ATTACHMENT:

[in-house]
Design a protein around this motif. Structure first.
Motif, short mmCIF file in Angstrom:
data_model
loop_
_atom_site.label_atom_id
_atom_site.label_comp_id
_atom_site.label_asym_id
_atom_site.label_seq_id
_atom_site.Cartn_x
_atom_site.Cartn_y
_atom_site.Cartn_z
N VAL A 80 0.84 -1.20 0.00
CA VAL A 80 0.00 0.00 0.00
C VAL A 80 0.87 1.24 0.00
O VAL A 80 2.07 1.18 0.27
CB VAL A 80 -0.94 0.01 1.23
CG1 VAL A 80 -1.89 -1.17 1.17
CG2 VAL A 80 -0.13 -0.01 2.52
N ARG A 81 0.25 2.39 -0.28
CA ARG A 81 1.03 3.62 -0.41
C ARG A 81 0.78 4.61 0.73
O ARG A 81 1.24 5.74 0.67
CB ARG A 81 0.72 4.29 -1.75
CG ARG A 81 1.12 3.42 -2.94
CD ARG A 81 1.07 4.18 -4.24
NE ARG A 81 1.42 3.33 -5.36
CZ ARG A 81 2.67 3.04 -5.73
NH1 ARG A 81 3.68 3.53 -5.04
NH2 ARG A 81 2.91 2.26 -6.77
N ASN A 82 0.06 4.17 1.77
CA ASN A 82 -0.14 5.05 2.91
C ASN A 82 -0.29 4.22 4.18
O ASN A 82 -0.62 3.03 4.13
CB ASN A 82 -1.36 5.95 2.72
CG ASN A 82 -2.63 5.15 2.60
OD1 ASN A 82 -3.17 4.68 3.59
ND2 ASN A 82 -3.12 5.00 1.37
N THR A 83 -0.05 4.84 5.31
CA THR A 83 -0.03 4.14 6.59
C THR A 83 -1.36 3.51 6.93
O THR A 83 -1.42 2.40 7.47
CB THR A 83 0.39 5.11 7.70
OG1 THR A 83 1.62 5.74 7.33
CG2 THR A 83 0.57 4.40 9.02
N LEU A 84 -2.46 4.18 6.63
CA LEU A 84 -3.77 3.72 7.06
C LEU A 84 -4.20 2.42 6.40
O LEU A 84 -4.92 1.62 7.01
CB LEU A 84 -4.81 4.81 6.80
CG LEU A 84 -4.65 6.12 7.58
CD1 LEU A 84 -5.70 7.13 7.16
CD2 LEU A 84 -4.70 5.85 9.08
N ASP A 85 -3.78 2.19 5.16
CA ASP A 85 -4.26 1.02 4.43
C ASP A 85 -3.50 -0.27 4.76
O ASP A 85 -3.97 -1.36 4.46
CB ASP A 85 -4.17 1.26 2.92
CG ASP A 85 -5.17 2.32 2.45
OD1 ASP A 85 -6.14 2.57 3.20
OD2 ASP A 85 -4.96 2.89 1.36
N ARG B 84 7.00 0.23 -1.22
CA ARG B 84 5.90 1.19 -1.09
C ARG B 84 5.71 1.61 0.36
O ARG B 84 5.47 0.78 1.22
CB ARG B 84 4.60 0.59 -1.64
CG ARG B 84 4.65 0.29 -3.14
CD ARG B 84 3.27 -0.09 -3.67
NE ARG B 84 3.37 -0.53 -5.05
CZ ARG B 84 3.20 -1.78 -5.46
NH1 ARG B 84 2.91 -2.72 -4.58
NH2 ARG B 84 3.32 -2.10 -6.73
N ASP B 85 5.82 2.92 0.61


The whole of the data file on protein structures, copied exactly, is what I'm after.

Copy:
[in-house]
Design a protein around this motif. Structure first.
Motif, short mmCIF file in Angstrom:
data_model
loop_
_atom_site.label_atom_id
_atom_site.label_comp_id
_atom_site.label_asym_id
_atom_site.label_seq_id
_atom_site.Cartn_x
_atom_site.Cartn_y
_atom_site.Cartn_z
N VAL A 80 0.84 -1.20 0.00
CA VAL A 80 0.00 0.00 0.00
C VAL A 80 0.87 1.24 0.00
O VAL A 80 2.07 1.18 0.27
CB VAL A 80 -0.94 0.01 1.23
CG1 VAL A 80 -1.89 -1.17 1.17
CG2 VAL A 80 -0.13 -0.01 2.52
N ARG A 81 0.25 2.39 -0.28
CA ARG A 81 1.03 3.62 -0.41
C ARG A 81 0.78 4.61 0.73
O ARG A 81 1.24 5.74 0.67
CB ARG A 81 0.72 4.29 -1.75
CG ARG A 81 1.12 3.42 -2.94
CD ARG A 81 1.07 4.18 -4.24
NE ARG A 81 1.42 3.33 -5.36
CZ ARG A 81 2.67 3.04 -5.73
NH1 ARG A 81 3.68 3.53 -5.04
NH2 ARG A 81 2.91 2.26 -6.77
N ASN A 82 0.06 4.17 1.77
CA ASN A 82 -0.14 5.05 2.91
C ASN A 82 -0.29 4.22 4.18
O ASN A 82 -0.62 3.03 4.13
CB ASN A 82 -1.36 5.95 2.72
CG ASN A 82 -2.63 5.15 2.60
OD1 ASN A 82 -3.17 4.68 3.59
ND2 ASN A 82 -3.12 5.00 1.37
N THR A 83 -0.05 4.84 5.31
CA THR A 83 -0.03 4.14 6.59
C THR A 83 -1.36 3.51 6.93
O THR A 83 -1.42 2.40 7.47
CB THR A 83 0.39 5.11 7.70
OG1 THR A 83 1.62 5.74 7.33
CG2 THR A 83 0.57 4.40 9.02
N LEU A 84 -2.46 4.18 6.63
CA LEU A 84 -3.77 3.72 7.06
C LEU A 84 -4.20 2.42 6.40
O LEU A 84 -4.92 1.62 7.01
CB LEU A 84 -4.81 4.81 6.80
CG LEU A 84 -4.65 6.12 7.58
CD1 LEU A 84 -5.70 7.13 7.16
CD2 LEU A 84 -4.70 5.85 9.08
N ASP A 85 -3.78 2.19 5.16
CA ASP A 85 -4.26 1.02 4.43
C ASP A 85 -3.50 -0.27 4.76
O ASP A 85 -3.97 -1.36 4.46
CB ASP A 85 -4.17 1.26 2.92
CG ASP A 85 -5.17 2.32 2.45
OD1 ASP A 85 -6.14 2.57 3.20
OD2 ASP A 85 -4.96 2.89 1.36
N ARG B 84 7.00 0.23 -1.22
CA ARG B 84 5.90 1.19 -1.09
C ARG B 84 5.71 1.61 0.36
O ARG B 84 5.47 0.78 1.22
CB ARG B 84 4.60 0.59 -1.64
CG ARG B 84 4.65 0.29 -3.14
CD ARG B 84 3.27 -0.09 -3.67
NE ARG B 84 3.37 -0.53 -5.05
CZ ARG B 84 3.20 -1.78 -5.46
NH1 ARG B 84 2.91 -2.72 -4.58
NH2 ARG B 84 3.32 -2.10 -6.73
N ASP B 85 5.82 2.92 0.61